Many students in our Texas public schools do not speak English as their first language, and classes taught only in English are not helpful for students who are still learning English. Public schools in Texas are required to provide an opportunity – known as special language programs – for every child to learn English. If your child has a first language other than English and has difficulty completing his or her classwork, there are options for ensuring your child’s educational needs are being met.
How Can my Child Enroll in a Special Language Program?
School districts are required to send out home language surveys at the start of each school year to new students or to students who have not been surveyed. The home language survey will ask questions such as, “What language is spoken in your home most of the time?” to understand your child’s level of English comprehension.
The information provided on this survey will help the school determine the support programs that your child can participate in, which can help them find more success in their classes.
Lastly, it is important to remember that while your approval is required for your child to participate in special language programs, permission is not required for your child to be tested.
What Do ELL and LEP Mean?
After your child’s language testing, he or she will be assigned to certain categories based on his or her English comprehension level. You may hear your child’s teacher or school district refer to these categories interchangeably, but they are different and come with different recommended programs for your child.
Knowing your child’s classification and understanding what it means can help you ensure your child is getting the services and support they need.
An “English Language Learner” (ELL) is a student who is unable to communicate fluently or learn effectively in English. These students often come from homes where English is barely spoken or not at all.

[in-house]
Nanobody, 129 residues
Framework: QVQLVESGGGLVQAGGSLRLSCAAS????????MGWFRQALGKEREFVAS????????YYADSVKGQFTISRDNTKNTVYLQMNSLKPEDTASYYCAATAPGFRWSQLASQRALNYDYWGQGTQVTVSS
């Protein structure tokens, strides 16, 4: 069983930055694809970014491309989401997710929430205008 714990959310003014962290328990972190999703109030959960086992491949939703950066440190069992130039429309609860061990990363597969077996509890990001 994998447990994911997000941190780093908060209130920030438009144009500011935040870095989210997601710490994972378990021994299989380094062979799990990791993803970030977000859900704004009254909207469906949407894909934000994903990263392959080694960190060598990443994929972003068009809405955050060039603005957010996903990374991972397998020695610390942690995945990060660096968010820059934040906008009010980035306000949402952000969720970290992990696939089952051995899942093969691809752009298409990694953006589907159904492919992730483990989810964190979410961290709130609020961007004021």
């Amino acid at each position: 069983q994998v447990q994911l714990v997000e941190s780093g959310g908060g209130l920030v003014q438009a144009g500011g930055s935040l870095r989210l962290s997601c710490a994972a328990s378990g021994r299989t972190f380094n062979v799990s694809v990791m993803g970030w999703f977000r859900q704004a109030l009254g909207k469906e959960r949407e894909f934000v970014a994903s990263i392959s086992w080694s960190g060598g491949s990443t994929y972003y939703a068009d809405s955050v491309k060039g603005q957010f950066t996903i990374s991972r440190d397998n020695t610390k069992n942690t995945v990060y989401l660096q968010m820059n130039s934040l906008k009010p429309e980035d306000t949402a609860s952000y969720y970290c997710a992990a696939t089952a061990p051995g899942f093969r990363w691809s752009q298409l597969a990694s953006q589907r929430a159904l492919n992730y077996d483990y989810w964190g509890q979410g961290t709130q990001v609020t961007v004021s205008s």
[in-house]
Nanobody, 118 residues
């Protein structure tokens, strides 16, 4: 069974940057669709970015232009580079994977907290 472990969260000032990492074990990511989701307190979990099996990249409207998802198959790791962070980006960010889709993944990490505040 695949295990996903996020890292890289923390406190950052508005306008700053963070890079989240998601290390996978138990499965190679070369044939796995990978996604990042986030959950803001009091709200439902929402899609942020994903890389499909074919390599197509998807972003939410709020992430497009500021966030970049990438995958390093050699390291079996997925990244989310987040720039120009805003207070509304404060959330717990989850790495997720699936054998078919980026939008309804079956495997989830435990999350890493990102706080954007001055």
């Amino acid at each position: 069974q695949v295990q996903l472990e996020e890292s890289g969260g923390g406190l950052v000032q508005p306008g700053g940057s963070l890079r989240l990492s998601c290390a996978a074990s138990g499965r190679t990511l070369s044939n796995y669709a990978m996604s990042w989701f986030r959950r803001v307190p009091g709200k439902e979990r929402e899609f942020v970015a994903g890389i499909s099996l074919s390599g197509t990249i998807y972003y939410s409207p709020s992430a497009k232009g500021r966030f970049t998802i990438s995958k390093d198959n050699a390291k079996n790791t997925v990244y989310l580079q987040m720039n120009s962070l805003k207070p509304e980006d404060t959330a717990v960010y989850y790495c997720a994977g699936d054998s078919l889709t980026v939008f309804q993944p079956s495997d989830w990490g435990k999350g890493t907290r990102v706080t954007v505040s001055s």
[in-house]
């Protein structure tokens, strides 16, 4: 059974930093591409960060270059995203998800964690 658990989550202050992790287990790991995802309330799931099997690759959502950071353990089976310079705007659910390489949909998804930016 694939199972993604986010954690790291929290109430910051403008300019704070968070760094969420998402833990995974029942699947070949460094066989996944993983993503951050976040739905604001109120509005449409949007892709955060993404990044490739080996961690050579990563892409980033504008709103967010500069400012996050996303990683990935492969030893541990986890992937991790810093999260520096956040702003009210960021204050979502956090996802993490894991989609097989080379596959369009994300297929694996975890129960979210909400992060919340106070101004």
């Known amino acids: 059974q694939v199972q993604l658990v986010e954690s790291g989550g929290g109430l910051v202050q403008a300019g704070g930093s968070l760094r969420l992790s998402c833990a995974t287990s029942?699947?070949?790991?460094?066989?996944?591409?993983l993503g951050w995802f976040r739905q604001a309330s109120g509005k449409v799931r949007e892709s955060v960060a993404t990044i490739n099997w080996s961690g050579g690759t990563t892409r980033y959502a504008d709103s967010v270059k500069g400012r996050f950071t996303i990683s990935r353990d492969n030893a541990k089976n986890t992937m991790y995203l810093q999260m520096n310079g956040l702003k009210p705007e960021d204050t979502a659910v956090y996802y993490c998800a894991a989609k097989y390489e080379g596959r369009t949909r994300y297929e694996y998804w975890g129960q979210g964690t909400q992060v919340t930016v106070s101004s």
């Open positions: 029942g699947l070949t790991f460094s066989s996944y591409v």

A student of “Limited English Proficiency” (LEP) is a student whose primary language is not English, whose English language skills are limited, and the student has difficulty performing ordinary classwork in English. However, he or she is typically testing slightly higher and has a greater understanding of English compared to ELL students.
Not all school districts offer bilingual education classes. The type of program your child’s school district offers depends on available resources such as funding and qualified teachers. Even if your child’s school does not offer bilingual education, many students still succeed in ESL programs where they are fully immersed in the English language.
Types of Special Language Programs
How Can I Support My Child Who is Learning English?
- Stay in communication with your child’s teacher.
- Ask your child’s teacher to help make new information visual. A teacher can use pictures to help your student better understand a new concept or vocabulary word.
- Ask your child’s teacher if your child can participate in more group work.
- Provide time for your child to practice English at home. You can have your child teach you a new word that he/she learned that day.
- Encourage reading at home.